The Perfect Puppy Set Up: How Best to Manage Your Puppy’s Environment

By: Matt
Last Updated:

Why Plan A Puppy Set Up?

Before your puppy joins your household you’ll need to think about what you will need and where in the house you will situate your dedicated ‘puppy zones’. Having this set up beforehand will enable you to ‘hit the ground running’. So what’s the perfect puppy set up?   

When your puppy comes home you need to be in control, as much as you can, from the very start. Supervising your puppy’s movements and behaviors will not only help you but will also help your puppy understands the rules of the alien environment it finds itself in.

Hopefully your breeder will have the puppy well socialized but everything, all interactions and experiences, act as an assault on the senses of your young puppy and will naturally raise anxiety and/or curiosity.

You’ll need to be wear many hats – guide, counselor and teacher (sometimes a stern one). It’s not an easy role and time and help will be required. That help may be in the form of human assistance but also in the form of the environment you create.

Short term the habitat, and management of it, will speed up puppy house training, sleeping through the night and the ability of your puppy to be left alone. It will also help in the adoption of a daily routine that will ultimately give you the confidence allow your puppy more freedom and room to investigate.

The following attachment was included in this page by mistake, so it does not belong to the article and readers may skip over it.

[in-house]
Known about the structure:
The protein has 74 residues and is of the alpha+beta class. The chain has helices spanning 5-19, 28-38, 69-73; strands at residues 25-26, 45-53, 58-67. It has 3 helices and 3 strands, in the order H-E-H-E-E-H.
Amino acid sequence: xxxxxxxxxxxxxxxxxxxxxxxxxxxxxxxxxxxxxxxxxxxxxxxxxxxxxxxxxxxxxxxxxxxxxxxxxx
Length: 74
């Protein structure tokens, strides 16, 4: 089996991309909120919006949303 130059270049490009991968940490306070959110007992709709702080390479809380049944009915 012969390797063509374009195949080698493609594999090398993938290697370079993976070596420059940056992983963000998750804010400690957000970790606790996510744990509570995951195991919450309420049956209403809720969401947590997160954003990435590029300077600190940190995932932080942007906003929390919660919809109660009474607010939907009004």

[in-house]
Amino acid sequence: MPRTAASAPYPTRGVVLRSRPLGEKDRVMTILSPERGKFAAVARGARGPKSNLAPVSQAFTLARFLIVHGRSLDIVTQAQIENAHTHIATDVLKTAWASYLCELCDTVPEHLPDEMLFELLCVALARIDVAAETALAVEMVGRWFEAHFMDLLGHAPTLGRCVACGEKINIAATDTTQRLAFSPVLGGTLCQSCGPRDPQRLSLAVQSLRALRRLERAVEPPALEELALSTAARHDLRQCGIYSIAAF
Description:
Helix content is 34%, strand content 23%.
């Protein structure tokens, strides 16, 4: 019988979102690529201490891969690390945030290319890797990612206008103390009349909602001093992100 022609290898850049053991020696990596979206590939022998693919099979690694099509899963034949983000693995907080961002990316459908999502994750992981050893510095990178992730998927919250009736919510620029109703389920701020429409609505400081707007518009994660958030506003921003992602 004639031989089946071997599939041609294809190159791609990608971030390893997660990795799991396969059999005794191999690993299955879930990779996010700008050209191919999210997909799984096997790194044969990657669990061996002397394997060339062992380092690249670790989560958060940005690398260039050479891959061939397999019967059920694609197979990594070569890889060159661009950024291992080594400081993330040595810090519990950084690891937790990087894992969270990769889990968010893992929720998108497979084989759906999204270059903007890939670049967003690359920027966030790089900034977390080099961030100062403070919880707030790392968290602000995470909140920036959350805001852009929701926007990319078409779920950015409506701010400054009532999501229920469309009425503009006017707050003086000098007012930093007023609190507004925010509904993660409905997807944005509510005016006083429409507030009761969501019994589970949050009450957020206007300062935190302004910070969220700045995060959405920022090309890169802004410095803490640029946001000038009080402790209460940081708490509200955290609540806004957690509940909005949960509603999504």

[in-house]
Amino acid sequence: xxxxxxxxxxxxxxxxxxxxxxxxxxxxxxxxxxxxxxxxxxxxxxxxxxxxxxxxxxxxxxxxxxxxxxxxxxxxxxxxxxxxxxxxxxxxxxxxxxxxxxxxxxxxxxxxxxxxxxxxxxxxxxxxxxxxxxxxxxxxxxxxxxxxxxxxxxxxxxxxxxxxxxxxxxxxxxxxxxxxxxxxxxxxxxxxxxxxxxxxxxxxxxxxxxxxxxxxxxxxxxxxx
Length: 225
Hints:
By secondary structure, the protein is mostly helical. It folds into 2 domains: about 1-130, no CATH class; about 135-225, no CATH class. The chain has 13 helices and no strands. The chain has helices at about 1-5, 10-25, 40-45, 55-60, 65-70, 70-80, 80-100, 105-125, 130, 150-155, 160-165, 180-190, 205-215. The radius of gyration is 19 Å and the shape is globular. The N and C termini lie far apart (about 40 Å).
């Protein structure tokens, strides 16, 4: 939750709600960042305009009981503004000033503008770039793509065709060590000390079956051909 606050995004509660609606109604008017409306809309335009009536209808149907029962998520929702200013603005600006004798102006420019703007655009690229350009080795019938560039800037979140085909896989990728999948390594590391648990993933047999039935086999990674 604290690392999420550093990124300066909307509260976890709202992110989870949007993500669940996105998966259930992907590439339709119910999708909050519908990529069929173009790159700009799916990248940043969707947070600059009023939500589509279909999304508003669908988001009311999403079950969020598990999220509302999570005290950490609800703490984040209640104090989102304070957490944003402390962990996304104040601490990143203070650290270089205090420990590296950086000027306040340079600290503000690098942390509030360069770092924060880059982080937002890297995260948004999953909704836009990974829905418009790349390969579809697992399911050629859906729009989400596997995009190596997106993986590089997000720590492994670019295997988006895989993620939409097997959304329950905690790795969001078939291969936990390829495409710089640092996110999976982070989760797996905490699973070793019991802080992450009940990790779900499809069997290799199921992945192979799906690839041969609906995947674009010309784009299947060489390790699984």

What Does The Perfect Puppy Set Up Contain?

Short Term Confinement Area

The best solution for short term confinement/management in your puppy set up is a crate. The crate will also double as your dog’s sleeping area in its early months.

You need a crate that is big enough for your dog to be able to get up and turn around in. There are many good options on the market but if you want to ‘future’ proof your purchase then a crate with a divider in is ideal. This will allow you to expand the size of the crate as your puppy grows – and that can be dramatic with some breeds!

The crate should include a bed or soft cushioning so your puppy can lie down comfortably.

You will need to crate train your puppy from day one. A key enabler to its success is the early introduction and familiarization of chew toys. If you can get your puppy hooked on these from an early age then it helps in your dog developing an ability to settle and accept being alone when required. After a puppy has settled and is mentally stimulated following the extraction of all the treats from its toy it will more than likely fall asleep – puppies sleep a lot.